Since Emotionalism Has Been Endless
By Jiang， Yuehong
Since we have been used to looking from the contemporary arts for divers solution and outcomes of “compromise” between an individual being and his existing status， we will be led by an encounter of Jiang Huajun’s art to a doubt again: whereas emotionalism has more or less been a frame that the contemporary art practices are intended to obviate or break through， what kind of value in reality is there then if a painter engages himself fully in esteeming his inside feeling and experience， his obvious motif on growth and emptiness in life， and an audience’s excitement from a traditional view?
In a survey of the contemporary practices， Jiang’s art probably counts as a “different figure”， independent of an eye-catching trait of painting language itself as well as of a priggish strategy for delivering an art notion. With a contemporary artist’s passion that he has already taken into his inner world， his art is truly a flourish of his own understanding and thoughtfulness about his own life status on canvas， presenting a visualized dilemma of human spirit being vacant， lost and tacit in the worldly survival today， which constructs an art space absolutely individualized with his own intuition and instinct. Indeed， it is his concern of individual existence as a motif rather than about any avant-garde notion of art form that is correlated to his passion of a contemporary artist. Rather to any innovation in painting language or depth in insight， he perhaps prefers seeking an unlimited delivery of a resisting will that germinates from an individual’s wearing-down in life.
No matter that painting was or will be in the gold era of record in the past or in a nice era not lack of good will in future， it is far from the realistic status where Jiang’s art comes out – a statue in an age of suspicion with full of crises – if we say that those already seen and written into the art history can offer us any ideas of handling art crises， those ideas should be always from individual choices rather than from collective experiences. For instance， it is Tintoretto6’s unexpected overall arrangement， El Greco7’s distortion and incorrectness of coloring， Hans Holbein8’s exclusive subjects of portraiture and Pieter Bruegel9’s genre painting that respectively breaks the perfect formula of Renaissance， and it is the three aloof figures (Paul Cezanne， Vincent van Gogh， Paul Gauguin)10 who went forth first after the Impressionism’s uproarious revelry. Shan’t we evidently believe， then， that the arts also need certain individual views originating from direct experience since they have had a growing trend of being records of images with a seek of Zen or inaction in theme? Perhaps this also explains why the cubism was “undervalued” in the end at all， even though its material application， subject choice and view pattern significantly enable art to have something fairly new – there， all individual styles are already cancelled.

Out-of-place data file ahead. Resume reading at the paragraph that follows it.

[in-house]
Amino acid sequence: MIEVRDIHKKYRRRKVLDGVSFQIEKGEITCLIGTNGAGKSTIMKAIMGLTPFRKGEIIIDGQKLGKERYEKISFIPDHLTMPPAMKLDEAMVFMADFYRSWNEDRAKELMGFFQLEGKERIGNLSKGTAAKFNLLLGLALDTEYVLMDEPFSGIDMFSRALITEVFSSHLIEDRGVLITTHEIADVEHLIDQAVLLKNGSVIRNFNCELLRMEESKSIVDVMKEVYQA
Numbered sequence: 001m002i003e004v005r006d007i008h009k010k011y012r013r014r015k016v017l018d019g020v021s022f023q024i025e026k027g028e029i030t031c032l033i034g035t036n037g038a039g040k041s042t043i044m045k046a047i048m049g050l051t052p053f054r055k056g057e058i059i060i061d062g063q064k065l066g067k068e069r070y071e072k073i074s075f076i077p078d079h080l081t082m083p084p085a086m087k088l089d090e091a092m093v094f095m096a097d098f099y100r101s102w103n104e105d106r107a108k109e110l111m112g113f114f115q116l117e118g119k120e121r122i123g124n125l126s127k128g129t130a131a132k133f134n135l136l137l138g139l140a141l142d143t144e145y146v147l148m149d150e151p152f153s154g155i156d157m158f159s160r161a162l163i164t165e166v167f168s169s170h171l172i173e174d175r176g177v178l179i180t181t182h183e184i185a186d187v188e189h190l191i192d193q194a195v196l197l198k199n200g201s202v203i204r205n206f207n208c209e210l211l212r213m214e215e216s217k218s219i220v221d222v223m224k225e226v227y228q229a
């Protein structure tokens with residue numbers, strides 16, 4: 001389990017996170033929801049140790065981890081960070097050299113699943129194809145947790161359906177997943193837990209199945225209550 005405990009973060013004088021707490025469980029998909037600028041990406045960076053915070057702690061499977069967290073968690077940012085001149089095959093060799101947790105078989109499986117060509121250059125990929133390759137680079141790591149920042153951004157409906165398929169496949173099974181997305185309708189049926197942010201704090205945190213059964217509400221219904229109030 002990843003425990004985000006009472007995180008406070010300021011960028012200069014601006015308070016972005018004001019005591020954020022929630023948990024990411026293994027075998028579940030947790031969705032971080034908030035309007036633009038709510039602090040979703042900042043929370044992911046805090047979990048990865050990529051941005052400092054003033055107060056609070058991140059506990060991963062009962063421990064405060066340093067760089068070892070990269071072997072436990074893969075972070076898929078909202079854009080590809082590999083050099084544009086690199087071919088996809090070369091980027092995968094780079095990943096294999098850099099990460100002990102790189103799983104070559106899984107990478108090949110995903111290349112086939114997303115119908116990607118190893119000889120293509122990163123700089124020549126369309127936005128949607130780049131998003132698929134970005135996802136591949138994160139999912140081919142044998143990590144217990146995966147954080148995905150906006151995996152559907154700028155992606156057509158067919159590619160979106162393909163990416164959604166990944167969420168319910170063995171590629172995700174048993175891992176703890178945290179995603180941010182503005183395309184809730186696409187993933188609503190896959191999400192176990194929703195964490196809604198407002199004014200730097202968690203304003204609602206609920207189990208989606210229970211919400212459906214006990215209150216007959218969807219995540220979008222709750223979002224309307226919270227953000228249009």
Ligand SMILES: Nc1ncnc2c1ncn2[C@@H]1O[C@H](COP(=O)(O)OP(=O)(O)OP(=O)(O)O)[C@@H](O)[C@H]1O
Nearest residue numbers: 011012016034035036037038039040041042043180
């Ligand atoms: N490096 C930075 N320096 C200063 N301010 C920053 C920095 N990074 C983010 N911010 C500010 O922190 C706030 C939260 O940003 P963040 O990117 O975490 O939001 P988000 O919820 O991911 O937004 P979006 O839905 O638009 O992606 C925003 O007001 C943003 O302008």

Thus， Jiang’s holding his ground of his own emotionalism is not only connected to the current status felt and realized by his own but also his self-consciousness of resistance against the “main-stream” of the contemporary art strategy – compared with any selective delivery as a “compromise”， Jiang’s art delivery exposes his experience rather than learning， his feeling rather than reasoning， his frankness rather than intention. To him， emotionalism turns to be a need just because it has been endless. Via his painting expression， he and his audience gaze at each other in eye. What the visions from his inside world tell and convey to their utmost are about himself as well as about the palpitating， distracted and nonsensical feelings along with our growth.
And then， it is because a will of resistance consciously conveyed by the artist has been constantly yielding that we start in hopes of such a will making his individual view exclusively touching and his inner visions fairly significant.
（translated by Jiang， Wenhui）[NextPage]
2 El Greco，1541?-1614
3 Hans Holbein the Younger，1497-1543
4 Pieter Bruegel the Elder，1525?-1569
5 Paul Cezanne，1839-1906；Vincent van Gogh，1853-1890；Paul Gauguin，1848-1903
7 El Greco，1541?-1614
8 Hans Holbein the Younger，1497-1543
9 Pieter Bruegel the Elder，1525?-1569
10 Paul Cezanne，1839-1906；Vincent van Gogh，1853-1890；Paul Gauguin，1848-1903